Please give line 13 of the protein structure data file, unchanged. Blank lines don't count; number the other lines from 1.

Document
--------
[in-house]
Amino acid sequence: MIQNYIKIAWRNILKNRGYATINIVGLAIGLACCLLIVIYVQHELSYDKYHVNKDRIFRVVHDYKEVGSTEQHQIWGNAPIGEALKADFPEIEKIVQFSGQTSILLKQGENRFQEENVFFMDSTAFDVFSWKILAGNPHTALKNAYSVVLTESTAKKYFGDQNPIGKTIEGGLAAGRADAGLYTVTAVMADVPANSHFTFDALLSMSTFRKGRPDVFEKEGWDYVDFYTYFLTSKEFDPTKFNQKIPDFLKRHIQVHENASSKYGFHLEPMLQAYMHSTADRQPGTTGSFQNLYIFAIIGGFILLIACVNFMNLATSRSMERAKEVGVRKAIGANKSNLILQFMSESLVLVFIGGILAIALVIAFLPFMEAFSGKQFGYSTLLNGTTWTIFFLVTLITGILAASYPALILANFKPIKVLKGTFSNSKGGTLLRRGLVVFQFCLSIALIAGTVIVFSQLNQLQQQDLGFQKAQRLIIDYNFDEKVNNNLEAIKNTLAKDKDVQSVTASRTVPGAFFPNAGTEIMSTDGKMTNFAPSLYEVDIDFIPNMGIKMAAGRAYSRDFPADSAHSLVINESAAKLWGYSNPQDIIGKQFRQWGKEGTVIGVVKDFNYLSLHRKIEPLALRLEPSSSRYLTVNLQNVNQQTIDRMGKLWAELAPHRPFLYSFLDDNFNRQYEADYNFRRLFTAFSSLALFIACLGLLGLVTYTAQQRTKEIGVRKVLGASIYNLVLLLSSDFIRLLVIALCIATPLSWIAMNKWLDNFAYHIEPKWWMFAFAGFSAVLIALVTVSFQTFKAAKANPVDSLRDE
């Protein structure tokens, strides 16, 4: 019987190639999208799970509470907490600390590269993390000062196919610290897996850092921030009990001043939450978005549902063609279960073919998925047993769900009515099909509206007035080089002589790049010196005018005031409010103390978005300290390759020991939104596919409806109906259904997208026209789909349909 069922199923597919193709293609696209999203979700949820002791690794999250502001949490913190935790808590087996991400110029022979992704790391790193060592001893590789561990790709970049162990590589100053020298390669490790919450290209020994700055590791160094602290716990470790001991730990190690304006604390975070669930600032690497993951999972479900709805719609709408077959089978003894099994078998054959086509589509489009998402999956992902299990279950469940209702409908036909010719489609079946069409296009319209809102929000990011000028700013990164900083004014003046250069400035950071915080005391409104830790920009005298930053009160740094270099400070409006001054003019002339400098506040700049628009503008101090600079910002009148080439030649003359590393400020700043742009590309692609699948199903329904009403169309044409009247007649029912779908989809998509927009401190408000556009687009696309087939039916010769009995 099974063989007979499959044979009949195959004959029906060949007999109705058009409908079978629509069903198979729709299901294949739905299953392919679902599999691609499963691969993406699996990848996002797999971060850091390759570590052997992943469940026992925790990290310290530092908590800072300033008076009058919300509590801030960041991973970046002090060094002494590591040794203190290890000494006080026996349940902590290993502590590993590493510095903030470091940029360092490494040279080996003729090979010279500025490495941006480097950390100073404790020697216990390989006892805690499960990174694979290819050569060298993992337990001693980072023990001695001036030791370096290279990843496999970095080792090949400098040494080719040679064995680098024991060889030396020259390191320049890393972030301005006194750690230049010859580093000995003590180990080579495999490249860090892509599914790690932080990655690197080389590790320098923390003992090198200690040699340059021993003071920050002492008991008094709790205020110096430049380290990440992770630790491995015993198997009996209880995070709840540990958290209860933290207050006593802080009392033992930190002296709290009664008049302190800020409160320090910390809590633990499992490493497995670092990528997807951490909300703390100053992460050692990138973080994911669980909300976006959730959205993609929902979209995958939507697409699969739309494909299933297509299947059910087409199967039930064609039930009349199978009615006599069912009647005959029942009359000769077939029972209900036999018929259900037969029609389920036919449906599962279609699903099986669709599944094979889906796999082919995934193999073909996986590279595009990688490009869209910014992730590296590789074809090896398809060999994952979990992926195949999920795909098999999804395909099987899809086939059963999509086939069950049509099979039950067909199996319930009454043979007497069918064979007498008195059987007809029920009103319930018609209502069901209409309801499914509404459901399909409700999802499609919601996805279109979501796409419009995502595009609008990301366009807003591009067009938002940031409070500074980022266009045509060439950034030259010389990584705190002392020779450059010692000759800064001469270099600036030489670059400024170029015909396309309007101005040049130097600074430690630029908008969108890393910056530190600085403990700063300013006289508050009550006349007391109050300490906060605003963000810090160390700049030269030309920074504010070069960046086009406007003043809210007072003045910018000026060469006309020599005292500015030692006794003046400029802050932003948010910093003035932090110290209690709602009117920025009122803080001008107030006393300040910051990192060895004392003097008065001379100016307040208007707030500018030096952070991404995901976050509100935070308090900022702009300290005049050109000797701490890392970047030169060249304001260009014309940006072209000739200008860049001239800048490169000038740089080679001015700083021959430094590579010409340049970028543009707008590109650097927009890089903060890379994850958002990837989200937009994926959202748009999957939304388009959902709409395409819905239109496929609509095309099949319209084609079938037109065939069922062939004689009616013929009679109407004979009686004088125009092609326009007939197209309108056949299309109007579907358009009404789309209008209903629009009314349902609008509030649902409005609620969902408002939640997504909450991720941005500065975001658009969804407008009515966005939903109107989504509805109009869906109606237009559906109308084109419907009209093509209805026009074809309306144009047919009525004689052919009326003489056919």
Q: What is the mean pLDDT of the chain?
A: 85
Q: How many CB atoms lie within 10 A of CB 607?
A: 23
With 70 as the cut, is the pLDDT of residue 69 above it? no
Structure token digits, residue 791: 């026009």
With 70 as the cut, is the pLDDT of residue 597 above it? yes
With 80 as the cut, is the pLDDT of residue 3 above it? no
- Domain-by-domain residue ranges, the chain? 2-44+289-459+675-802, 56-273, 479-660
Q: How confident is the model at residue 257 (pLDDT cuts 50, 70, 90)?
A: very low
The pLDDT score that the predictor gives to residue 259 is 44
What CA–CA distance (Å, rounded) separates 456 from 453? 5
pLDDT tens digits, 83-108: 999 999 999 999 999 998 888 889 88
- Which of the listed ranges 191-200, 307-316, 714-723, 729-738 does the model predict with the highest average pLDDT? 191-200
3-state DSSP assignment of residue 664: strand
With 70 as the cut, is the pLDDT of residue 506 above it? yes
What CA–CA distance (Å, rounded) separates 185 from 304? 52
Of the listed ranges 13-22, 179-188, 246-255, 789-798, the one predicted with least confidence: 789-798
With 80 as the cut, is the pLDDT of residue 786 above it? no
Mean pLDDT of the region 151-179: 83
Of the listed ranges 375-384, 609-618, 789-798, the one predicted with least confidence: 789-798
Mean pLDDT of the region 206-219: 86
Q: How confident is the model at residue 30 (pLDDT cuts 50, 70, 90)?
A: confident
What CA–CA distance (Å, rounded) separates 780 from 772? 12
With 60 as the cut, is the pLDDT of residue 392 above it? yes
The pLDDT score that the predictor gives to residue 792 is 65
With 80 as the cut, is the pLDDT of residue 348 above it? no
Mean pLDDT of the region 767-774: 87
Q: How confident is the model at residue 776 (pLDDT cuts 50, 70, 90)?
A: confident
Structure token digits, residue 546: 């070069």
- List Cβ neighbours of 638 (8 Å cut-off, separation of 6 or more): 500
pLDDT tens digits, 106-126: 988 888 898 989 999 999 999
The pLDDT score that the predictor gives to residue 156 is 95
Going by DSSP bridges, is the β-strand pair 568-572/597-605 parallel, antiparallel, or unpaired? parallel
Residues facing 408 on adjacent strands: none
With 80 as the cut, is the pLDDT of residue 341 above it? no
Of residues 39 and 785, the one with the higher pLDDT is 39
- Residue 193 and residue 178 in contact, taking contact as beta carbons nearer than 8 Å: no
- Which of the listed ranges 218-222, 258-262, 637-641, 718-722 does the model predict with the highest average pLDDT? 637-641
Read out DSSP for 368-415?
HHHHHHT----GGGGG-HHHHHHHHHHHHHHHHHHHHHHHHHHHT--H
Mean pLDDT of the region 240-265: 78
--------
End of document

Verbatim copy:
Q: How confident is the model at residue 257 (pLDDT cuts 50, 70, 90)?